Sheila Bair strongly supports requiring all systemically important financial institutions to prepare so-called 'living wills'. Bair also calls for a reserve fund and higher capital requirements, as proposed in the Basel II proposal.
FDIC chairman Sheila Bair strongly supports to require all systemically important financial institutions to prepare so-called "living wills".
We must have an effective and credible resolution mechanism that provides for the orderly wind-down of systemically important financial firms”, Bair reaffirmed. “I believe that the best option is to create a resolution mechanism that makes it possible to break-up and sell the failed firm”, she said.
All systemically important financial institutions should be required to prepare detailed plans for their dissolution, the so-called "living wills".
The funding for working capital should come from the industry, she said. “A reserve fund should be established, maintained and funded in advance of any failure by imposing risk-based assessments on the industry”, she proposed.
Turning to the issue of international cooperation, the BIS recommends reform and greater harmonization of national laws to achieve more effective tools to resolve cross-border institutions. However, “a more 'universal' resolution approach will require us to address some difficult issues – such as how to share the costs of a resolution and how to provide an international forum to resolve disputes”, she said.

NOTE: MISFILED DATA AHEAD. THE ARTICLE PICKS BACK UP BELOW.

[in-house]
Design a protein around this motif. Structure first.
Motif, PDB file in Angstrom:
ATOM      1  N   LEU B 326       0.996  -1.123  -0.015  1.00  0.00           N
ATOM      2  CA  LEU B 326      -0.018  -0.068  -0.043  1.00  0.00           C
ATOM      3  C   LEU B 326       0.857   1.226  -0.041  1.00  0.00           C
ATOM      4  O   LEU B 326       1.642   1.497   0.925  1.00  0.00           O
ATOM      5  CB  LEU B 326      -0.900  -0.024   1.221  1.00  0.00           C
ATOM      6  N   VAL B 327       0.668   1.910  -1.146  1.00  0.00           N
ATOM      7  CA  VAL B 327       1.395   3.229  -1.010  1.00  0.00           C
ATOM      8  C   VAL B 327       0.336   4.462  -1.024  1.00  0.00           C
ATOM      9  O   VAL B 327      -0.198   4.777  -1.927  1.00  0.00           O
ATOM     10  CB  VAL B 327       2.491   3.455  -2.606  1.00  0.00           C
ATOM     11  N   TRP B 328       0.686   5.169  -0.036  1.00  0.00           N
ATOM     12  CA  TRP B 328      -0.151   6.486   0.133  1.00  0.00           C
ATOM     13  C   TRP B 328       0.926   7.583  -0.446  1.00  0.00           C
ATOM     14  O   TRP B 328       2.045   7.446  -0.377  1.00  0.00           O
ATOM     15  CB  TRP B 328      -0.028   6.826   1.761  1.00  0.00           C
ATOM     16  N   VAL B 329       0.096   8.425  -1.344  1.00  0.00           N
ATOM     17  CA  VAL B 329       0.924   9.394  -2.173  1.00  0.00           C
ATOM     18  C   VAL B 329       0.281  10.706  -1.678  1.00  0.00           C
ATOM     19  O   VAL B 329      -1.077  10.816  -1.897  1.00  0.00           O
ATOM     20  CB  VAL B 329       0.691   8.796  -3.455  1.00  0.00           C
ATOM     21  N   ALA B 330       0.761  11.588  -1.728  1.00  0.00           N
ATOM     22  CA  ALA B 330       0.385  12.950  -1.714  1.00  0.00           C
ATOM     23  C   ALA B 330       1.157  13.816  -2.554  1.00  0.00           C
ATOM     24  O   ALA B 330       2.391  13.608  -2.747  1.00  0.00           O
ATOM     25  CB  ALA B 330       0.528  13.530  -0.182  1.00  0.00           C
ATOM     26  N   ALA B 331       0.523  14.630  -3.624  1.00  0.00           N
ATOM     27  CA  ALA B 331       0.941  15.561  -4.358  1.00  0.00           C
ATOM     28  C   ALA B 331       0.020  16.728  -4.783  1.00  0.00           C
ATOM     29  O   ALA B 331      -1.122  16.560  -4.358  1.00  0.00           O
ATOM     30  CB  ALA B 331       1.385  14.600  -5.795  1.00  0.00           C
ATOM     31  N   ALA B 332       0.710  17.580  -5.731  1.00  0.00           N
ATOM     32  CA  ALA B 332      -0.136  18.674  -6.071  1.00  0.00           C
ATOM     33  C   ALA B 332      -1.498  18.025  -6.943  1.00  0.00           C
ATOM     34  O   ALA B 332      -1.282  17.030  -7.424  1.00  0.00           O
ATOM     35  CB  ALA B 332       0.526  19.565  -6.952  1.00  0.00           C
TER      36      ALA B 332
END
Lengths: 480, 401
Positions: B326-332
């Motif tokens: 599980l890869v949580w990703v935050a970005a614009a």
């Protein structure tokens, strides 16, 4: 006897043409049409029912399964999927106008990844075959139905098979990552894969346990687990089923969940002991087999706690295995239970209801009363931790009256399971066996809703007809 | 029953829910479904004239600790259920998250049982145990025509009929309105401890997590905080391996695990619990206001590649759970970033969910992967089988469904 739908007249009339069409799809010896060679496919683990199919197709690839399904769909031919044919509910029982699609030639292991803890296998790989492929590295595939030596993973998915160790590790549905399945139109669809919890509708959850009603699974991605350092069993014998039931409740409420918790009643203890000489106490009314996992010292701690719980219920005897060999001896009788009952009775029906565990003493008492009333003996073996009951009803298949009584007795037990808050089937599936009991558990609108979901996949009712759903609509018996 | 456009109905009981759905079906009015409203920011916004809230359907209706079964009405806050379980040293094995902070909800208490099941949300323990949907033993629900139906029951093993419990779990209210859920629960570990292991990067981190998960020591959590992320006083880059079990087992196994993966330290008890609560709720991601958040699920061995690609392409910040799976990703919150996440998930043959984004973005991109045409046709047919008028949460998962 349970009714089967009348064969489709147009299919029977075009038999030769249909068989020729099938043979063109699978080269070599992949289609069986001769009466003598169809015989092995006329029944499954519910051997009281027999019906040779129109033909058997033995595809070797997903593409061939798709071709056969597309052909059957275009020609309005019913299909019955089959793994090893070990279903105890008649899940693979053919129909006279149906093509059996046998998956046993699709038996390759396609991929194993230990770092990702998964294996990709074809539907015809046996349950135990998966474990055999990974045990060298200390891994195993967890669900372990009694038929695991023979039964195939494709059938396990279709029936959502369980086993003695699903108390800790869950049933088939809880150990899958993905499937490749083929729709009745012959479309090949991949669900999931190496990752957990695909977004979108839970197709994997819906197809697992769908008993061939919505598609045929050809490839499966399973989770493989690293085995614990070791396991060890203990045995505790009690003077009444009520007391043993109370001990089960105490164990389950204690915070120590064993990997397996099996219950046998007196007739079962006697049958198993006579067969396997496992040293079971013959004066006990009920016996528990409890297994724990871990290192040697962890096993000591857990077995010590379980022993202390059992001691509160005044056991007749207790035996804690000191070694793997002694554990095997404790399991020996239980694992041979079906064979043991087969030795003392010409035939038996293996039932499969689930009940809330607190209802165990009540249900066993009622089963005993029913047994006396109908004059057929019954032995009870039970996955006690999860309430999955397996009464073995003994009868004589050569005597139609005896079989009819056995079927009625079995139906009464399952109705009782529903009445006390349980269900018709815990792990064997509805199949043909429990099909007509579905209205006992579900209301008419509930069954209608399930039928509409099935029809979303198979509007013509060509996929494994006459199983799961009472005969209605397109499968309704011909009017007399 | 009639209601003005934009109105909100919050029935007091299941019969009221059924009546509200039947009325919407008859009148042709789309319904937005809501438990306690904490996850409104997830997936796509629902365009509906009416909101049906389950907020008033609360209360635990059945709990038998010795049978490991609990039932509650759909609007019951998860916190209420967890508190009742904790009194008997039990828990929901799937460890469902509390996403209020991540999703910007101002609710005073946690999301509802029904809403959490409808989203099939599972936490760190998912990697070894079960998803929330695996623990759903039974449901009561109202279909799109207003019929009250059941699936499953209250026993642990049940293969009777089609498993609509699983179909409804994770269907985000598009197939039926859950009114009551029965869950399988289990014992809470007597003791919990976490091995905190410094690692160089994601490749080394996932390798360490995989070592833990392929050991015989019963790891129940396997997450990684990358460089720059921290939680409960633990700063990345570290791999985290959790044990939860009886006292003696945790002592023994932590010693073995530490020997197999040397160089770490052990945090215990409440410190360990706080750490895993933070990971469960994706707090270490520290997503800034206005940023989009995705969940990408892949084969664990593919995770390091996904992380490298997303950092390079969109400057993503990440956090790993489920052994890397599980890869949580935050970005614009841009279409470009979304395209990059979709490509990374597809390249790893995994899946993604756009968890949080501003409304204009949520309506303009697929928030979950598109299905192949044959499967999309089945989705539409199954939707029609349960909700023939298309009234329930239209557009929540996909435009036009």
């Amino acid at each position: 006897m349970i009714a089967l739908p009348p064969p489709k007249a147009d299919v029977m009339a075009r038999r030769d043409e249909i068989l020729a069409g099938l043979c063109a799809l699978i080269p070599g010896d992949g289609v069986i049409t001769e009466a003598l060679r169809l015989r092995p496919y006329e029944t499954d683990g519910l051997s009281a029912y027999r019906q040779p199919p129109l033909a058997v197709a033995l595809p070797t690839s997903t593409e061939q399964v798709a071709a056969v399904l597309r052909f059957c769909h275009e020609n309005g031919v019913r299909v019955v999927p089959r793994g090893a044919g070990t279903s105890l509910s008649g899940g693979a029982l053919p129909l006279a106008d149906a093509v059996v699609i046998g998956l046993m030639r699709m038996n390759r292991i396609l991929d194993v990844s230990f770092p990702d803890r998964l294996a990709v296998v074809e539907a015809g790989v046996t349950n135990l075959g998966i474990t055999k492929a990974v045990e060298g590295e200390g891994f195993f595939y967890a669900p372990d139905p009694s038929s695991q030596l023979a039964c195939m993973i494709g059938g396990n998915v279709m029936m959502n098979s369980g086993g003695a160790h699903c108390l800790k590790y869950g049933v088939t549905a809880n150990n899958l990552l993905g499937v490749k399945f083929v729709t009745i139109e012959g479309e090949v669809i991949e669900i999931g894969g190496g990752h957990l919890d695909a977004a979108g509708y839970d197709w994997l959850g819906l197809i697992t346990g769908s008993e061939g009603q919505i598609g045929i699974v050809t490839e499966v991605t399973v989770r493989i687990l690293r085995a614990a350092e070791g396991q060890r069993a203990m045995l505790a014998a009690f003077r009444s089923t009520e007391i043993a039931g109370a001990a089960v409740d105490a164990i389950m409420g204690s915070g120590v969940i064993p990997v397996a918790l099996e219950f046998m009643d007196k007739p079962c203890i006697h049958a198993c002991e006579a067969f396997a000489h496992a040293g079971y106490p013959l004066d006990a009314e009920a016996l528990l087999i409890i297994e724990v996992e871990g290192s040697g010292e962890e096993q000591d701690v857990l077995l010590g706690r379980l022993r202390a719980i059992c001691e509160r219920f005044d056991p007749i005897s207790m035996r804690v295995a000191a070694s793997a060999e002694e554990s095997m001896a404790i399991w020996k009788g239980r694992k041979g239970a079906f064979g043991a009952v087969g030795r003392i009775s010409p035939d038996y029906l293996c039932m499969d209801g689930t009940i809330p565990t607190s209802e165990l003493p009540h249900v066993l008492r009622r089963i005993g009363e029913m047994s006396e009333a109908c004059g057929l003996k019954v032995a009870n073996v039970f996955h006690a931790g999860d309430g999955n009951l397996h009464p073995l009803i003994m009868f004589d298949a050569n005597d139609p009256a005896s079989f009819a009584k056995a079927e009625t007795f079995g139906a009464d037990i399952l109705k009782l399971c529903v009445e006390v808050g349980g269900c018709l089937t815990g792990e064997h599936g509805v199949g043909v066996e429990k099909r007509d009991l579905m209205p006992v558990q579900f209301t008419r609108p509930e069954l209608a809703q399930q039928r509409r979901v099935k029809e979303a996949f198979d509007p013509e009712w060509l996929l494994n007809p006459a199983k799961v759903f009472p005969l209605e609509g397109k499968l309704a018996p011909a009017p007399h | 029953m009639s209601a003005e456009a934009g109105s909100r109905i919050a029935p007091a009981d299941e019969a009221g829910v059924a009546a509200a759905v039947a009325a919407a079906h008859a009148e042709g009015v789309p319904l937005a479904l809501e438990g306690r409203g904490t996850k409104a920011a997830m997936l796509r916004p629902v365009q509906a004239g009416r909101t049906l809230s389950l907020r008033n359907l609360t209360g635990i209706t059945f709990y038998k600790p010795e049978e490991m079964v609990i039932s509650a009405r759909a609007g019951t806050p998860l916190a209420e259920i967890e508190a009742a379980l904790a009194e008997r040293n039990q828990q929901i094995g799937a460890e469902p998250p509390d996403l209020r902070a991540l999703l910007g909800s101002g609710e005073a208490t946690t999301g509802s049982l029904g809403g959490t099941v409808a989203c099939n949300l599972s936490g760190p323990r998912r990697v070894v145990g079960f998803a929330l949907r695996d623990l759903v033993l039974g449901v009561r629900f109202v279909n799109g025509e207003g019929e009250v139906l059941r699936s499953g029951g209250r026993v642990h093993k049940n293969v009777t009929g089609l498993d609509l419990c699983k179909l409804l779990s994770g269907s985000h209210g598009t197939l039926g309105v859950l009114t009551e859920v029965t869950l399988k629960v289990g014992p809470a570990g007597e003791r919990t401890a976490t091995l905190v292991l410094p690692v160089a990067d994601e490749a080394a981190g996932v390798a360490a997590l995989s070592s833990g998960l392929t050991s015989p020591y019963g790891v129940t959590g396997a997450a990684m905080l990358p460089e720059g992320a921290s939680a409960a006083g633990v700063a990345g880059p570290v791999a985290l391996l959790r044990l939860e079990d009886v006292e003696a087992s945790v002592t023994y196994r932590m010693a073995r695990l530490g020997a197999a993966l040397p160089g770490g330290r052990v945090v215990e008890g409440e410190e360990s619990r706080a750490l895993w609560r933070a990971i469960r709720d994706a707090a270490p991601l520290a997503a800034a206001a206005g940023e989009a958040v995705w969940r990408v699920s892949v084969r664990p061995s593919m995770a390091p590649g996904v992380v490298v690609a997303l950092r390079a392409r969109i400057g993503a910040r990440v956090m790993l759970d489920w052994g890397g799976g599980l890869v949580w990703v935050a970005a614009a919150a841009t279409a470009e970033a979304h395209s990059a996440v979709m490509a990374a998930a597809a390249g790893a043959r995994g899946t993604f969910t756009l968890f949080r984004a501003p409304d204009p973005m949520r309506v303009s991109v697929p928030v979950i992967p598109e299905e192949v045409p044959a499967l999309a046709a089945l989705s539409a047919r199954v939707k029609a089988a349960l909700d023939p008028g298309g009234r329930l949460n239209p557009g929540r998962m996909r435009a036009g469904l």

Bair also calls for stronger bank capital standards criticising the new Basel II standards. Although the “Basel I-based capital requirements were too low, bank supervisors around the world are diligently implementing a rule designed to lower those requirements still more”, she said.
A final major task in creating a new resolution process is considering alternative measures that will curb the unbridled growth and complexity of large, systemically important firms, Bair said, proposing to significantly raise the cost of being too big or interconnected.
“Institutions deemed to pose a systemic risk by virtue of their size or activities should be subject to higher capital and liquidity requirements – as well as higher deposit insurance premiums – commensurate with the risks they pose to the system and the competitive benefits they derive from their unique regulatory situation.“
The US Financial Services Committee is to come forward with a report on the too-big-to-fail issue later this week.
Full speech Bair
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